Extremist groups from the Arab world that claim religious affiliation with Islam have shaped the way we see the word “terrorist,” but a Japanese-based cult thought dead in 1995 may be resurfacing as a terrorist organization worthy of international concern.

In April of this year, Russian police raided twenty-five homes and shrines in St. Petersburg and Moscow that were tied to Aum Shinrikyo, a doomsday cult originated in Japan.  Ten were arrested for their ties to the cult, which has been banned in Russia despite having an estimated 30,000 active members within the sprawling nation.

“During the searches, we found and seized ritual items and electronic media. In addition, we discovered addresses of several more active participants of the cult – 11 in Moscow and 14 in St Petersburg,” Irina Volk, a spokeswoman of the Russian Ministry of Internal Affairs said about the raids at the time.

A month prior, fifty-eight foreigners, many of whom were Russian, were expelled from Montenegro after raids in Danilovgrad and the nation’s capital, Podgorica.  The cult members were expelled due to failing to register with immigration upon entering the nation, though thousands of euros and various electronics were confiscated for forensic analysis.

Aum Shinrikyo was founded in Japan by Shoko Asahara, a man who, in true cult leader fashion, declared himself to be both Jesus Christ and the first truly “enlightened” human being since Buddha.  The group grew in prominence and membership throughout the 1980’s, eventually claiming tens of thousands of members all across the globe.  Their name, Aum Shinrikyo, translates roughly to Supreme Truth, and combined concepts and ideals from both Hindu and Buddhist beliefs initially, before incorporating Christian beliefs regarding the apocalypse as the fledgling religion transitioned into what is commonly referred to as a doomsday cult.

Many of Aum’s followers in Japan were students from prestigious universities that sought the comfort and stability of Asahara’s leadership.  His methodology included promising more meaningful lives for Japan’s young professionals that felt extraordinary pressure to succeed academically and professionally.  Soon, however, Asahara’s teachings began to incorporate more cult-like ideologies, including the requirement for members to be completely isolated from their families and friends and to surrender all money and possessions to the organization.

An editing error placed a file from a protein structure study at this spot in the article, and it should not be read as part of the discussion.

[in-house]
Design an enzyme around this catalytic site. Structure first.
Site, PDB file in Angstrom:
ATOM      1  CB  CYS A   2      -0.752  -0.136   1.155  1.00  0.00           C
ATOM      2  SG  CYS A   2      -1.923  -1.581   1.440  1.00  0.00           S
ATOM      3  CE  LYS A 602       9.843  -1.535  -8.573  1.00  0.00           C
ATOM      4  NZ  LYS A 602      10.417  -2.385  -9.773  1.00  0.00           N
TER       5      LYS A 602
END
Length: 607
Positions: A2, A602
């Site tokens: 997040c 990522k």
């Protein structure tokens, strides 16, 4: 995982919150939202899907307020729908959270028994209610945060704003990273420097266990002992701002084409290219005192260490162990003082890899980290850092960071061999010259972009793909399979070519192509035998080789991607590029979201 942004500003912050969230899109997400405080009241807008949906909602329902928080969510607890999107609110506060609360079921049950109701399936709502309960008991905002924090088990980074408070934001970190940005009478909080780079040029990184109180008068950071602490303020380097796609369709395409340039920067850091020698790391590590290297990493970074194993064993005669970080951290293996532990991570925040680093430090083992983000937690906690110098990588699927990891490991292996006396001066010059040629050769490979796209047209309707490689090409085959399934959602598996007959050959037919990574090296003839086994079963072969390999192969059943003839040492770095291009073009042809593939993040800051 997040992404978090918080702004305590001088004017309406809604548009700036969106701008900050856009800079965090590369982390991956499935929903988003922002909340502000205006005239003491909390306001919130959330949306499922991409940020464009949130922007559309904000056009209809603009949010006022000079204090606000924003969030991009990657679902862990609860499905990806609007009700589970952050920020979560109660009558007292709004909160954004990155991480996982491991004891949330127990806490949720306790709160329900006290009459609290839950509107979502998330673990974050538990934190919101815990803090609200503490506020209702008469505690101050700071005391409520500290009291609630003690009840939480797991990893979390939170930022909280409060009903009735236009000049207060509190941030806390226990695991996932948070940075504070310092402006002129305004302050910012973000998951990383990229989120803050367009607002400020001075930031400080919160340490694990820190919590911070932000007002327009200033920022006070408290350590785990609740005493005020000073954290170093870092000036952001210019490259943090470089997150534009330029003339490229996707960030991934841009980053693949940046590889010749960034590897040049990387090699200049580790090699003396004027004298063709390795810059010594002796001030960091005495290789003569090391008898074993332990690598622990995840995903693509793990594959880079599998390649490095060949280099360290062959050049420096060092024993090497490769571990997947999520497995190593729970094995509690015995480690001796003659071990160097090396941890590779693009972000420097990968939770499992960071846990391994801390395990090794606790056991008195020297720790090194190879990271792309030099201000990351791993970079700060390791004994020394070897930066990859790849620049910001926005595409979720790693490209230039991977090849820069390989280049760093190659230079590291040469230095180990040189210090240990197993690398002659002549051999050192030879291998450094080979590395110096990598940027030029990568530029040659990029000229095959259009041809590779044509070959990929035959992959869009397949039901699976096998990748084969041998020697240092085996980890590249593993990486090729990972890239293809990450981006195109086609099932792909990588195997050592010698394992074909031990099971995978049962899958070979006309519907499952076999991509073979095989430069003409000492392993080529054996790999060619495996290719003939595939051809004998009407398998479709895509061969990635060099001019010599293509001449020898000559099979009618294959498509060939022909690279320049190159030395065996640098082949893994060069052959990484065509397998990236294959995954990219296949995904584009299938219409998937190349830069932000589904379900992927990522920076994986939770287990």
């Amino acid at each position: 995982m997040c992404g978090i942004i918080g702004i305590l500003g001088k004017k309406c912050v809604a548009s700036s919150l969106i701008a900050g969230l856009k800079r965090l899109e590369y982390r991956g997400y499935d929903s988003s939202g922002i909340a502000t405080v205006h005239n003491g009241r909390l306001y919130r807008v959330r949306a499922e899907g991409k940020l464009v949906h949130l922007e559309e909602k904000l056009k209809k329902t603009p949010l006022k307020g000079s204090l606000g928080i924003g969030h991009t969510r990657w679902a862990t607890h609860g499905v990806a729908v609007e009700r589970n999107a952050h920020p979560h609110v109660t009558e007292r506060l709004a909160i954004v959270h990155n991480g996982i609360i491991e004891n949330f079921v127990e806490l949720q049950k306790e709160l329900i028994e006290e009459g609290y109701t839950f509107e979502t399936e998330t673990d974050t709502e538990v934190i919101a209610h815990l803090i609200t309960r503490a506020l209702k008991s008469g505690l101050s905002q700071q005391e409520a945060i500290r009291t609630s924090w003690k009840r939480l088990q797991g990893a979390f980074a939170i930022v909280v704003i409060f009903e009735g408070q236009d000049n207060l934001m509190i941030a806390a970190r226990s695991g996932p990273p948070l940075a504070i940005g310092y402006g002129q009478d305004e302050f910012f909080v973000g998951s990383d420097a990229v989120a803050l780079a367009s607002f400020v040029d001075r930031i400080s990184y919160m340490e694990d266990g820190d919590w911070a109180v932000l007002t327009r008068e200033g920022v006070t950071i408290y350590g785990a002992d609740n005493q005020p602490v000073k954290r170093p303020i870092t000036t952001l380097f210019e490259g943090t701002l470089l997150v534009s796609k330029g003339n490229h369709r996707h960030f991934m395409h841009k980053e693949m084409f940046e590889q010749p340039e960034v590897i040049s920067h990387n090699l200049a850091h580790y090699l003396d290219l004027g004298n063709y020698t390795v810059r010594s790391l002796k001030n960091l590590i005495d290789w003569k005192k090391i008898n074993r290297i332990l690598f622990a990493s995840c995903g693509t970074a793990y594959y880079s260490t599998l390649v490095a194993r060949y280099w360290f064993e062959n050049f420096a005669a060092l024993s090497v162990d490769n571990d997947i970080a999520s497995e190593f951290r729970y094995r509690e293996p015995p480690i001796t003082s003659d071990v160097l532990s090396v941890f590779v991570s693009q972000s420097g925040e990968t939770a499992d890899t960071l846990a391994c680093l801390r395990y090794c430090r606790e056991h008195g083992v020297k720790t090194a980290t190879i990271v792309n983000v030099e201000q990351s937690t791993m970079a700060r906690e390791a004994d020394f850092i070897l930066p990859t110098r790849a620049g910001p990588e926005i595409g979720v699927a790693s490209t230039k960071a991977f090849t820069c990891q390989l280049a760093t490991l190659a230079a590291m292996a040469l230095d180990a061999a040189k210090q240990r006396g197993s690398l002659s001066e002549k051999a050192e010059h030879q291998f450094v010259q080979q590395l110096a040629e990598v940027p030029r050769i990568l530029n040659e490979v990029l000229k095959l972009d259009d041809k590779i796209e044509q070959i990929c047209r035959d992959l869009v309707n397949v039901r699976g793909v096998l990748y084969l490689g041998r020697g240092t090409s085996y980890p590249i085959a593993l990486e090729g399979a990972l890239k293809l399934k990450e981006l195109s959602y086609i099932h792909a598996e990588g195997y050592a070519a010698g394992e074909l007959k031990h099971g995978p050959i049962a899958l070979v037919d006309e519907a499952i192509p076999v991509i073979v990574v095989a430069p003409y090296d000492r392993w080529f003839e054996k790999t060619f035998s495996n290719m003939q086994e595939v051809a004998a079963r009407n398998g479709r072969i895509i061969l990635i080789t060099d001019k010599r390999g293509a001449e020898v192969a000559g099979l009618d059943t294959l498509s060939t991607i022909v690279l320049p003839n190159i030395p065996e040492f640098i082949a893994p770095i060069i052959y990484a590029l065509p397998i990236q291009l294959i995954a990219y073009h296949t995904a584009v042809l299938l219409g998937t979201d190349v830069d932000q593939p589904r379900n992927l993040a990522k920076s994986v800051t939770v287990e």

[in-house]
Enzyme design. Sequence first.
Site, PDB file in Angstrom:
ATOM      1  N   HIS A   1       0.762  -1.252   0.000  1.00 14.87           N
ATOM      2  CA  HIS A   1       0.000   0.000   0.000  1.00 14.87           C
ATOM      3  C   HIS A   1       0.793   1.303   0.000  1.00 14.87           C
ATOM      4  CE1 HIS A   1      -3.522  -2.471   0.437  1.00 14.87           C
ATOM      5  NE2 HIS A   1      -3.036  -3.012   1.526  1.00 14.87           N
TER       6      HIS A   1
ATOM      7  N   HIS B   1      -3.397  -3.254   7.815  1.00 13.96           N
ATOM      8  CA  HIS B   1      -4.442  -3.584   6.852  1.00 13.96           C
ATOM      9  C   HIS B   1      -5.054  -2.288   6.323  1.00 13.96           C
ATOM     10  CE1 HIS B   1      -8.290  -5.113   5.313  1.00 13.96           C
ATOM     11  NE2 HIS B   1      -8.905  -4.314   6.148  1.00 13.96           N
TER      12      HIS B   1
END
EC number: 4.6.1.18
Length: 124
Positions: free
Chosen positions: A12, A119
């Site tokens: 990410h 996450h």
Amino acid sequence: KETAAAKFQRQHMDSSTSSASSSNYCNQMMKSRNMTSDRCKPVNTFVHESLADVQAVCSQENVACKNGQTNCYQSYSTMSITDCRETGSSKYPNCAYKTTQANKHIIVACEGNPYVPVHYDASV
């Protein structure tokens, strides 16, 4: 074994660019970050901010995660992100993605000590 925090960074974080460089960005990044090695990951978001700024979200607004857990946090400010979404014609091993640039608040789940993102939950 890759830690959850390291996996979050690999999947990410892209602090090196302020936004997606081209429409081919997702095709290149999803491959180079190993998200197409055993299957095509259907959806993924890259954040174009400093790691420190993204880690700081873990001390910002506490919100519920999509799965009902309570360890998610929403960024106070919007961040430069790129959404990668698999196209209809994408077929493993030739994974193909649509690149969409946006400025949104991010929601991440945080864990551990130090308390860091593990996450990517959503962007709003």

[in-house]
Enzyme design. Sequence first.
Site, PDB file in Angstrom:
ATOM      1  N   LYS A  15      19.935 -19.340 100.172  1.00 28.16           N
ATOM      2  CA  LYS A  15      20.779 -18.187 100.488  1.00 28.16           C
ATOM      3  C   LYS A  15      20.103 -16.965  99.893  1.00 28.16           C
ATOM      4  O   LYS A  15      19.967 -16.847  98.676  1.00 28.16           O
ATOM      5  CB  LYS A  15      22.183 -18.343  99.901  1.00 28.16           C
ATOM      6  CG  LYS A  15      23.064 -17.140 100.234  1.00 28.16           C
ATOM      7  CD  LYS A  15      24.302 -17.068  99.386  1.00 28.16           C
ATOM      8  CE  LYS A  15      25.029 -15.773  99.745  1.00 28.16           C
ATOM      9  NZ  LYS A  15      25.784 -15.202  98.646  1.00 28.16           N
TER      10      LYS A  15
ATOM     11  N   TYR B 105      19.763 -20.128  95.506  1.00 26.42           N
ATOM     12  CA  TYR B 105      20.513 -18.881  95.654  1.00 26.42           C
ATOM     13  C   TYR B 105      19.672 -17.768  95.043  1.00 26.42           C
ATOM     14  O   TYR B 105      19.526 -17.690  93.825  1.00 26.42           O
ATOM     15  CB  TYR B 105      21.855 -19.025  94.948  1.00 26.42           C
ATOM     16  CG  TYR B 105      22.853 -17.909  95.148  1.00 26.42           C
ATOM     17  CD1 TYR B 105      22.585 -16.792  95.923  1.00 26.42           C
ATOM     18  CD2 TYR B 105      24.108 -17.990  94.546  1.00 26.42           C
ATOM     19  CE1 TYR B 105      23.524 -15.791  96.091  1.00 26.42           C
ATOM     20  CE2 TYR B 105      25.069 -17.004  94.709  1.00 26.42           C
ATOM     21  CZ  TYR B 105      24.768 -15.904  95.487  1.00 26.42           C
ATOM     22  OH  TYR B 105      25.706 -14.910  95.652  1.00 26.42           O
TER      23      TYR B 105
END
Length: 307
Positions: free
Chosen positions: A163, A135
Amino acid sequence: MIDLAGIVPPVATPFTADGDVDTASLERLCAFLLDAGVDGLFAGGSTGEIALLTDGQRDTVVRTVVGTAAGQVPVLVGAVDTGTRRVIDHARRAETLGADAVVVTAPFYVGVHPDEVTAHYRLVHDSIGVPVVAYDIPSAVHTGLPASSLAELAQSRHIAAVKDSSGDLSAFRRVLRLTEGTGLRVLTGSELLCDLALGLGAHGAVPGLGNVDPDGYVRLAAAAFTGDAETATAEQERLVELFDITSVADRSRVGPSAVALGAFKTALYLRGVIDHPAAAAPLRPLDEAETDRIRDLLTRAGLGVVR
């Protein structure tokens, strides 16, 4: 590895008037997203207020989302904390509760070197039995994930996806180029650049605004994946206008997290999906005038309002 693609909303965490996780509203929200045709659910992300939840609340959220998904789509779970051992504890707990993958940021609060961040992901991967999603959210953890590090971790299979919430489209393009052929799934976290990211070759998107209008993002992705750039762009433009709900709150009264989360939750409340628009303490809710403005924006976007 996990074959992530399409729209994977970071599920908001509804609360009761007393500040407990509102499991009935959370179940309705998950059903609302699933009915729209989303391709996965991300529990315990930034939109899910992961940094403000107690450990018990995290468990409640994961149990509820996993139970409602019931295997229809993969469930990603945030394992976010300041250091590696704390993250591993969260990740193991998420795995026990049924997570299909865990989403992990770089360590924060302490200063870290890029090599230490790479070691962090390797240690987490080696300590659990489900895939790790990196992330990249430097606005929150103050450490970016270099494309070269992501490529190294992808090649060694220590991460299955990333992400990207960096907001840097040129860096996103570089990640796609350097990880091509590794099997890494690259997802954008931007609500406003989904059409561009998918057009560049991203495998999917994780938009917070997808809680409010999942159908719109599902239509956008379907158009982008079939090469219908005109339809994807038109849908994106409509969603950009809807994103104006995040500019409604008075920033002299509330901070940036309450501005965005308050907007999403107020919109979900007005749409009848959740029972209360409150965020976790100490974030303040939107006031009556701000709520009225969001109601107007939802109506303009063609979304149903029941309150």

By 1989, the Japanese government officially recognized Aum Shinrikyo as a religion, though within Asahara’s inner circle, plans were already being made to usher in the Armageddon Aum’s belief structure stated would occur in 1997.  From their headquarters in Tokyo, Asahara used the estimated $200 million he acquired from members around the globe to purchase an attack helicopter from the former Soviet Union, an entire factory used to manufacture AK-47s, and all the equipment necessary to produce both psychotropic drugs and chemical weapons.  Recruiting within Japan’s military had allowed Asahara to establish and begin training a ground force, who were then sent to Russia for further paramilitary training.  Drug sales helped establish ties with the Yakuza, or Japanese mafia.

Aum Shinrikyo founder, Shoko Asahara (left) with his top disciple, Yoshihiro Inoue. Both are currently incarcerated.

Because of Japan’s strict laws regarding the sale and possession of firearms, Asahara saw the AK-47 factory he built near their Tokyo stronghold as an integral piece of the cult’s ability to engage in offensive and defensive operations.  The work, however, was slow going and dangerous, due in large part to the strict religious rules that disallowed sleeping for more than four hours per night, eating very much, and near constant doses of LSD, which they made themselves on the compound.  It is estimated that within the Aum ranks, over eighty people died in various industrial accidents or as a result of torture and punishment at the Tokyo headquarters.  The bodies were microwaved until all but the bones had become liquid, then disposed of in local lakes and rivers, or simply flushed down the toilet.